Foam or ball rolling is used by many people at the gym. The general foam roller is typically used on larger areas of the body, such as the back and quads, while a ball is used to dig in to smaller areas, such as shoulders and glutes. If you search online, you will find many articles with the same information around the effectiveness. Most articles simply say that there isn’t enough evidence either way that foam rolling is effective.
There are many discussions around the effectiveness of rolling out knots or tightness in the body before exercise. All national personal training certification bodies including the National Council on Strength and Fitness (NCSF) and the National Academy of Sports Medicine (NASM) incorporate self myofascial release (SMR) into their curriculum for personal trainers.
What Science Has Proven
NCSF teaches the importance of rolling in conjunction with flexibility. The reason for the inclusion of SMR with flexibility is simple. If someone cannot complete an exercise with full range of motion (ROM), there is an impingement, or something preventing the full joint motion. For example, when a person sits all day at a computer for hours at a time, they typically experience hip tightness and a syndrome known as upper crossed. Asking this person to perform an exercise such as a seated row or lat pulldown can be tough because the body has become accustomed to working in the sagittal plane anteriorly, not posteriorly. How do you fix it?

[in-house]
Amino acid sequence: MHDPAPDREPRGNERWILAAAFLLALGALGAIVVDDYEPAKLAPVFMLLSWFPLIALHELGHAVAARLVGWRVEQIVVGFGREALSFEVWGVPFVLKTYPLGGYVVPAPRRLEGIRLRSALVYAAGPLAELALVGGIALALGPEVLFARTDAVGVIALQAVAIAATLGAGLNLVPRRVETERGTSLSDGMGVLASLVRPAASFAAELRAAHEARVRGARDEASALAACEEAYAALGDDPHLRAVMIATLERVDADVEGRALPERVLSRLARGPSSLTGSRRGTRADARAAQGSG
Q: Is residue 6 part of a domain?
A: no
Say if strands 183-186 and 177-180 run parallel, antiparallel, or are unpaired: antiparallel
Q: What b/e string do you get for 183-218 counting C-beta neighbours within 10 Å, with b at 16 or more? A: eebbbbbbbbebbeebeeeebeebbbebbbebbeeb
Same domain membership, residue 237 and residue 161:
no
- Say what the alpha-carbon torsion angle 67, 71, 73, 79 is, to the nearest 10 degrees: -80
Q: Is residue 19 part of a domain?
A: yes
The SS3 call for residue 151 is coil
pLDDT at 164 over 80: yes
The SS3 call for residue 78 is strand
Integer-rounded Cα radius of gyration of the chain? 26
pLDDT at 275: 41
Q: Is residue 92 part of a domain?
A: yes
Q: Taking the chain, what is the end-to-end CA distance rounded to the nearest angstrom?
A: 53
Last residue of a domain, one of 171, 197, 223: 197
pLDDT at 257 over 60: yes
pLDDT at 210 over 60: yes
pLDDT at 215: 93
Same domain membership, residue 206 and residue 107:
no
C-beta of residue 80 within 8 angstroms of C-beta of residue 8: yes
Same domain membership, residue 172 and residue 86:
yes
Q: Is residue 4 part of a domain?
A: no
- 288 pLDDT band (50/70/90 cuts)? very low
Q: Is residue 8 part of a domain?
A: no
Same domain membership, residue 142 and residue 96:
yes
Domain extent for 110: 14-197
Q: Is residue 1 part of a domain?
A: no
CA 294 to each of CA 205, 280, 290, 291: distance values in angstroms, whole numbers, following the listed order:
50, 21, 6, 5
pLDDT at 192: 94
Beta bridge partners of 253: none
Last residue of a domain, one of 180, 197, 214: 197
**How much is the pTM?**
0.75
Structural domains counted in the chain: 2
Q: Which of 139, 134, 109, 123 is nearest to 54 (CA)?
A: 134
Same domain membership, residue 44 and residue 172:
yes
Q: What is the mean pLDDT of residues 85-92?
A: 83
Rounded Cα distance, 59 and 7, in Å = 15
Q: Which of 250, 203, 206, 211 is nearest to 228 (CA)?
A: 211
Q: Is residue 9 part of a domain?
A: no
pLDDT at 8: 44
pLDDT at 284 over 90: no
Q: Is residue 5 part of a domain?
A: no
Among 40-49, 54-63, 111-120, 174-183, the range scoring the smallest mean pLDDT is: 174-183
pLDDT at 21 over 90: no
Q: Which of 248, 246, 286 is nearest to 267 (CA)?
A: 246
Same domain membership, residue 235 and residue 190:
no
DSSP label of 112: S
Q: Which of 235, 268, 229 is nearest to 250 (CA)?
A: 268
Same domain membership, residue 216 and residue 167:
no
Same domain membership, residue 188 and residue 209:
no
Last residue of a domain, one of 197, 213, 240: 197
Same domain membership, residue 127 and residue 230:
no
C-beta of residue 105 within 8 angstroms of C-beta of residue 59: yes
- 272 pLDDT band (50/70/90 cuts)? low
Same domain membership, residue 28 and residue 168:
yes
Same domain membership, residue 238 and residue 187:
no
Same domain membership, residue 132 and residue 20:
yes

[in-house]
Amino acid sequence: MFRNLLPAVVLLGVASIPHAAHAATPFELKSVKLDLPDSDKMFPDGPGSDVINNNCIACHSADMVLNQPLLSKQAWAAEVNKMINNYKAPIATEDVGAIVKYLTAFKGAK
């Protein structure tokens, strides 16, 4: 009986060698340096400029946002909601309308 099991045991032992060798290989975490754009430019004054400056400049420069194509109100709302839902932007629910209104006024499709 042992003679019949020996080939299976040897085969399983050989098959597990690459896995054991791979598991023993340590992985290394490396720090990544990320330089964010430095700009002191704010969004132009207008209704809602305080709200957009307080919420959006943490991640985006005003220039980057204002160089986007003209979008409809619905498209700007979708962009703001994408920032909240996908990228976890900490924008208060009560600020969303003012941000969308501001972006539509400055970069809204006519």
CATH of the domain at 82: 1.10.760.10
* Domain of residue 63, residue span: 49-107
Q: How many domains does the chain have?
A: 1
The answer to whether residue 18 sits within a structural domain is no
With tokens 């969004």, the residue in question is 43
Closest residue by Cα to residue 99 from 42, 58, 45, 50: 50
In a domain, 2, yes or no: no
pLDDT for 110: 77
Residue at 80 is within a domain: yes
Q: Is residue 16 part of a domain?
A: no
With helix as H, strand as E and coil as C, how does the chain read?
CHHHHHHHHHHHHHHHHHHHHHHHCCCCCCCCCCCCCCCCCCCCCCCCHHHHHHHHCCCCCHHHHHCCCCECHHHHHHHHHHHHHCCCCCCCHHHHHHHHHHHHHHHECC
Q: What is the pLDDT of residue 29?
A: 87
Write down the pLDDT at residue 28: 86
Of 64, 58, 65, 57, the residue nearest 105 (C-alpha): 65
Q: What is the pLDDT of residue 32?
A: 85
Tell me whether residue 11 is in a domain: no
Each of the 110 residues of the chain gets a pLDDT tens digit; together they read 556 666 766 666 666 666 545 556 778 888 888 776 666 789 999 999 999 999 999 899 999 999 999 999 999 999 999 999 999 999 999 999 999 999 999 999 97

NASM provides a course on Corrective Exercise where they teach the concepts of locating an issue requiring attention, such as imbalances; isolating the issue and then improving the connected joint through rolling and stretching.
Loosening shoulder and lat tightness
Foam Rolling Doesn’t Work
The post that triggered this article was actually an Instagram post from Jonas Hereora where he claims many things foam rolling does not do many things, such as break up adhesions or release trigger points.
Jonas’ post doesn’t really have data to back any of his points and many people have added comments asking about the purpose of the post. Having read the post a few times, it simply says foam rolling doesn’t show benefits for athletes or aid in plyometric movements. No where in the post are there references supporting this. At the end of the post, he states:
🎉This literature guides us to believe that it may have benefit in some cases to use foam rolling, but it is likely minimal and we are unclear as to what the mechanism for this is. .⠀
🙌If you enjoy foam rolling, and you have time to do it, keep it up. In contrast, if you don’t enjoy it, or don’t have time for it, don’t worry about it and move on from it.⠀
What is someone who is new to exercise, sports, or functional movement suppose to take away from this post?
Foam Rolling in Sports
If you’ve ever watched an MLB or NBA game, you will see the use of foam rollers and trigger point technology. Foam rollers are used on the field in warm ups for baseball and basketball players.
To Roll or Not to Roll
The concept of rolling if you enjoy and can make time for it then do it, otherwise don’t worry about it, simply doesn’t make sense.
While there might not be many published articles around the effectiveness of rolling, physiotherapists, chiropractors, strength conditioning coaches, and several other occupations focused on helping people move safely keep rollers in their arsenal. So why wouldn’t you?
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